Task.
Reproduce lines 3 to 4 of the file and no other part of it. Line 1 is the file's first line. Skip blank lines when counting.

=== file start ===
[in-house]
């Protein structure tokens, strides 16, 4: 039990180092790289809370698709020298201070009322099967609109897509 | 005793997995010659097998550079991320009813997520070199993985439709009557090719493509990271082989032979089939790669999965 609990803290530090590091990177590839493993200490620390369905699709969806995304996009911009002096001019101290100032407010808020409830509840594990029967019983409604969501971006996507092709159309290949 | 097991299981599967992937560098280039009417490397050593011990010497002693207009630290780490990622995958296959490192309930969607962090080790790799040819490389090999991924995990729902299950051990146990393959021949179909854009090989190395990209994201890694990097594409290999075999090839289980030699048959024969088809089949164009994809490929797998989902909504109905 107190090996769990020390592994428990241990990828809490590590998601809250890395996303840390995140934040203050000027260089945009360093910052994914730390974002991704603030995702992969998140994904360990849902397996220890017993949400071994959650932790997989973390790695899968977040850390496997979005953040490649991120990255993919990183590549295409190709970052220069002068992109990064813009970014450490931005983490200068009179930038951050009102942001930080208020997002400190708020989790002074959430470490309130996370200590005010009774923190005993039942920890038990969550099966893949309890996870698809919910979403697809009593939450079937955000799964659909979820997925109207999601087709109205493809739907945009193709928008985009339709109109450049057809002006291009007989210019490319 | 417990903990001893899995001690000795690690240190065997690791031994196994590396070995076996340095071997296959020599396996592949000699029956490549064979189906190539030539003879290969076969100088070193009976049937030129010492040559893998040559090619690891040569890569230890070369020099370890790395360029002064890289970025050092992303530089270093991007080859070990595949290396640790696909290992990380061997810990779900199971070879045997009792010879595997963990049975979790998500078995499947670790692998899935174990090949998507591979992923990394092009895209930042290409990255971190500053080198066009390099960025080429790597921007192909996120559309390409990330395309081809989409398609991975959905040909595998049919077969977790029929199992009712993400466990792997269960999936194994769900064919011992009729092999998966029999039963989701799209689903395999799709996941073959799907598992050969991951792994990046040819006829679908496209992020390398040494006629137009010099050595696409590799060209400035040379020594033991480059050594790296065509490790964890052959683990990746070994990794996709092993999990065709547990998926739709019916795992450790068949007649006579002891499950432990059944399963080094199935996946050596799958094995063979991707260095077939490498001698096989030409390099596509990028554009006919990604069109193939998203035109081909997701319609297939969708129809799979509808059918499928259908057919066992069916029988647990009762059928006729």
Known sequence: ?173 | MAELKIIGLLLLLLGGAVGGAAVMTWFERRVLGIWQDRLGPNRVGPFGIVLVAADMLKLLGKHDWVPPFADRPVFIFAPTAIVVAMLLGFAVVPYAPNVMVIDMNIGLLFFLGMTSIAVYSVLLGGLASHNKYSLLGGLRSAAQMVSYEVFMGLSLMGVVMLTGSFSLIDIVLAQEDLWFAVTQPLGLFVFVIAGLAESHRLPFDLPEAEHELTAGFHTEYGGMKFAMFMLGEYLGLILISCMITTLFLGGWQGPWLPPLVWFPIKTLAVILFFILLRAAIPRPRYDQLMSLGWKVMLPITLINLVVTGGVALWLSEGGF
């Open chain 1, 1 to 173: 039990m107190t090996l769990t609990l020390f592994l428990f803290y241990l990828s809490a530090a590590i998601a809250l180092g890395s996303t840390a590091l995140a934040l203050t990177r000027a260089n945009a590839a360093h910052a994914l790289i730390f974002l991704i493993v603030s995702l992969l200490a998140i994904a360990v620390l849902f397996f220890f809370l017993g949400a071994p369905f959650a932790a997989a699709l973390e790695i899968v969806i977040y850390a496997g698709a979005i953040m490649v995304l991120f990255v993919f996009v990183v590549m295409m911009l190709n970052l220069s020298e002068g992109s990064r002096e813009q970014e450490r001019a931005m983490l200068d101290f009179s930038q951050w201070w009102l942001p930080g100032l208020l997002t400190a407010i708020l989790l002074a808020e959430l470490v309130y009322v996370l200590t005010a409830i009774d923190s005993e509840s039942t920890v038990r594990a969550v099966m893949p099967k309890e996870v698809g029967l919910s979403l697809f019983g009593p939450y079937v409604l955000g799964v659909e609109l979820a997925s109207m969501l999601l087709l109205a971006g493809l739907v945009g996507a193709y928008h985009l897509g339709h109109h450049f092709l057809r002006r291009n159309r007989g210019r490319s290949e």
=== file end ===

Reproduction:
Known sequence: ?173 | MAELKIIGLLLLLLGGAVGGAAVMTWFERRVLGIWQDRLGPNRVGPFGIVLVAADMLKLLGKHDWVPPFADRPVFIFAPTAIVVAMLLGFAVVPYAPNVMVIDMNIGLLFFLGMTSIAVYSVLLGGLASHNKYSLLGGLRSAAQMVSYEVFMGLSLMGVVMLTGSFSLIDIVLAQEDLWFAVTQPLGLFVFVIAGLAESHRLPFDLPEAEHELTAGFHTEYGGMKFAMFMLGEYLGLILISCMITTLFLGGWQGPWLPPLVWFPIKTLAVILFFILLRAAIPRPRYDQLMSLGWKVMLPITLINLVVTGGVALWLSEGGF
């Open chain 1, 1 to 173: 039990m107190t090996l769990t609990l020390f592994l428990f803290y241990l990828s809490a530090a590590i998601a809250l180092g890395s996303t840390a590091l995140a934040l203050t990177r000027a260089n945009a590839a360093h910052a994914l790289i730390f974002l991704i493993v603030s995702l992969l200490a998140i994904a360990v620390l849902f397996f220890f809370l017993g949400a071994p369905f959650a932790a997989a699709l973390e790695i899968v969806i977040y850390a496997g698709a979005i953040m490649v995304l991120f990255v993919f996009v990183v590549m295409m911009l190709n970052l220069s020298e002068g992109s990064r002096e813009q970014e450490r001019a931005m983490l200068d101290f009179s930038q951050w201070w009102l942001p930080g100032l208020l997002t400190a407010i708020l989790l002074a808020e959430l470490v309130y009322v996370l200590t005010a409830i009774d923190s005993e509840s039942t920890v038990r594990a969550v099966m893949p099967k309890e996870v698809g029967l919910s979403l697809f019983g009593p939450y079937v409604l955000g799964v659909e609109l979820a997925s109207m969501l999601l087709l109205a971006g493809l739907v945009g996507a193709y928008h985009l897509g339709h109109h450049f092709l057809r002006r291009n159309r007989g210019r490319s290949e």